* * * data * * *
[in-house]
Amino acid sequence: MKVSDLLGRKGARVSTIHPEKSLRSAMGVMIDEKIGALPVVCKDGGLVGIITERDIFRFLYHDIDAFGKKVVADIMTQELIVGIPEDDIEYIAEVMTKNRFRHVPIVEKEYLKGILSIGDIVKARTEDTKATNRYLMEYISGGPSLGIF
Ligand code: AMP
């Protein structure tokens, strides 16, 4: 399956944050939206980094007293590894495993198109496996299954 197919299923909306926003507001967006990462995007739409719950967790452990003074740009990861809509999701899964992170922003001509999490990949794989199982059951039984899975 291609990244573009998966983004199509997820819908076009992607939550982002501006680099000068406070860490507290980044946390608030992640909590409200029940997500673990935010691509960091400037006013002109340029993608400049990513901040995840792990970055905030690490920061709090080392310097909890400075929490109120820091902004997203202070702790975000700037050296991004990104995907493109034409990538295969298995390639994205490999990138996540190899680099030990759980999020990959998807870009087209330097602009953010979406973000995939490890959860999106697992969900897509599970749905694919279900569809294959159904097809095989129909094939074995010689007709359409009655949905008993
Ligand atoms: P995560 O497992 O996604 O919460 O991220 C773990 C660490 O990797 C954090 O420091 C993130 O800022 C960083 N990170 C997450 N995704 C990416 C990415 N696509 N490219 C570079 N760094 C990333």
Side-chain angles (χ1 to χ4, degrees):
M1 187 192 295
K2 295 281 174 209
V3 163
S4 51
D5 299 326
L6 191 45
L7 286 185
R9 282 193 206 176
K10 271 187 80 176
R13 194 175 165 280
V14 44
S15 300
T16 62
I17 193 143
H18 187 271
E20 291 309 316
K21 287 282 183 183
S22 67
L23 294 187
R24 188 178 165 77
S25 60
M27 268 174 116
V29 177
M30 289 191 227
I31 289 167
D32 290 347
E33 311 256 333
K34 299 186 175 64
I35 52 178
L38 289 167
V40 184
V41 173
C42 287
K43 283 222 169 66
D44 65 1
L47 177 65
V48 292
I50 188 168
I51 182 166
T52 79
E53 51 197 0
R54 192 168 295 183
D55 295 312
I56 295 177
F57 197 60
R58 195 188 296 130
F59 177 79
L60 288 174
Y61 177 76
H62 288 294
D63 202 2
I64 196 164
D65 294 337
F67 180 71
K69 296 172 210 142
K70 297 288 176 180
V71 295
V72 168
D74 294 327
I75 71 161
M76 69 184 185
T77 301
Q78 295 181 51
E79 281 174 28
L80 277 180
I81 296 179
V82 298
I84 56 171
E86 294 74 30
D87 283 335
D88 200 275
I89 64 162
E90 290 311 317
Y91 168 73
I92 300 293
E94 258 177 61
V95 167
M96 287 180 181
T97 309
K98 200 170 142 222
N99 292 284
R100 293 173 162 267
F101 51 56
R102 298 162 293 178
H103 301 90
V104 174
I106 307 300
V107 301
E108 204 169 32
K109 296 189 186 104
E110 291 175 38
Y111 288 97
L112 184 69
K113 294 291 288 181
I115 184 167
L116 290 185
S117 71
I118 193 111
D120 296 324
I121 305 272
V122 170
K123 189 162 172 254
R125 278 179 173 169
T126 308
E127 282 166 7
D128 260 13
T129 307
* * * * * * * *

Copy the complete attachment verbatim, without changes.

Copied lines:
[in-house]
Amino acid sequence: MKVSDLLGRKGARVSTIHPEKSLRSAMGVMIDEKIGALPVVCKDGGLVGIITERDIFRFLYHDIDAFGKKVVADIMTQELIVGIPEDDIEYIAEVMTKNRFRHVPIVEKEYLKGILSIGDIVKARTEDTKATNRYLMEYISGGPSLGIF
Ligand code: AMP
């Protein structure tokens, strides 16, 4: 399956944050939206980094007293590894495993198109496996299954 197919299923909306926003507001967006990462995007739409719950967790452990003074740009990861809509999701899964992170922003001509999490990949794989199982059951039984899975 291609990244573009998966983004199509997820819908076009992607939550982002501006680099000068406070860490507290980044946390608030992640909590409200029940997500673990935010691509960091400037006013002109340029993608400049990513901040995840792990970055905030690490920061709090080392310097909890400075929490109120820091902004997203202070702790975000700037050296991004990104995907493109034409990538295969298995390639994205490999990138996540190899680099030990759980999020990959998807870009087209330097602009953010979406973000995939490890959860999106697992969900897509599970749905694919279900569809294959159904097809095989129909094939074995010689007709359409009655949905008993
Ligand atoms: P995560 O497992 O996604 O919460 O991220 C773990 C660490 O990797 C954090 O420091 C993130 O800022 C960083 N990170 C997450 N995704 C990416 C990415 N696509 N490219 C570079 N760094 C990333």
Side-chain angles (χ1 to χ4, degrees):
M1 187 192 295
K2 295 281 174 209
V3 163
S4 51
D5 299 326
L6 191 45
L7 286 185
R9 282 193 206 176
K10 271 187 80 176
R13 194 175 165 280
V14 44
S15 300
T16 62
I17 193 143
H18 187 271
E20 291 309 316
K21 287 282 183 183
S22 67
L23 294 187
R24 188 178 165 77
S25 60
M27 268 174 116
V29 177
M30 289 191 227
I31 289 167
D32 290 347
E33 311 256 333
K34 299 186 175 64
I35 52 178
L38 289 167
V40 184
V41 173
C42 287
K43 283 222 169 66
D44 65 1
L47 177 65
V48 292
I50 188 168
I51 182 166
T52 79
E53 51 197 0
R54 192 168 295 183
D55 295 312
I56 295 177
F57 197 60
R58 195 188 296 130
F59 177 79
L60 288 174
Y61 177 76
H62 288 294
D63 202 2
I64 196 164
D65 294 337
F67 180 71
K69 296 172 210 142
K70 297 288 176 180
V71 295
V72 168
D74 294 327
I75 71 161
M76 69 184 185
T77 301
Q78 295 181 51
E79 281 174 28
L80 277 180
I81 296 179
V82 298
I84 56 171
E86 294 74 30
D87 283 335
D88 200 275
I89 64 162
E90 290 311 317
Y91 168 73
I92 300 293
E94 258 177 61
V95 167
M96 287 180 181
T97 309
K98 200 170 142 222
N99 292 284
R100 293 173 162 267
F101 51 56
R102 298 162 293 178
H103 301 90
V104 174
I106 307 300
V107 301
E108 204 169 32
K109 296 189 186 104
E110 291 175 38
Y111 288 97
L112 184 69
K113 294 291 288 181
I115 184 167
L116 290 185
S117 71
I118 193 111
D120 296 324
I121 305 272
V122 170
K123 189 162 172 254
R125 278 179 173 169
T126 308
E127 282 166 7
D128 260 13
T129 307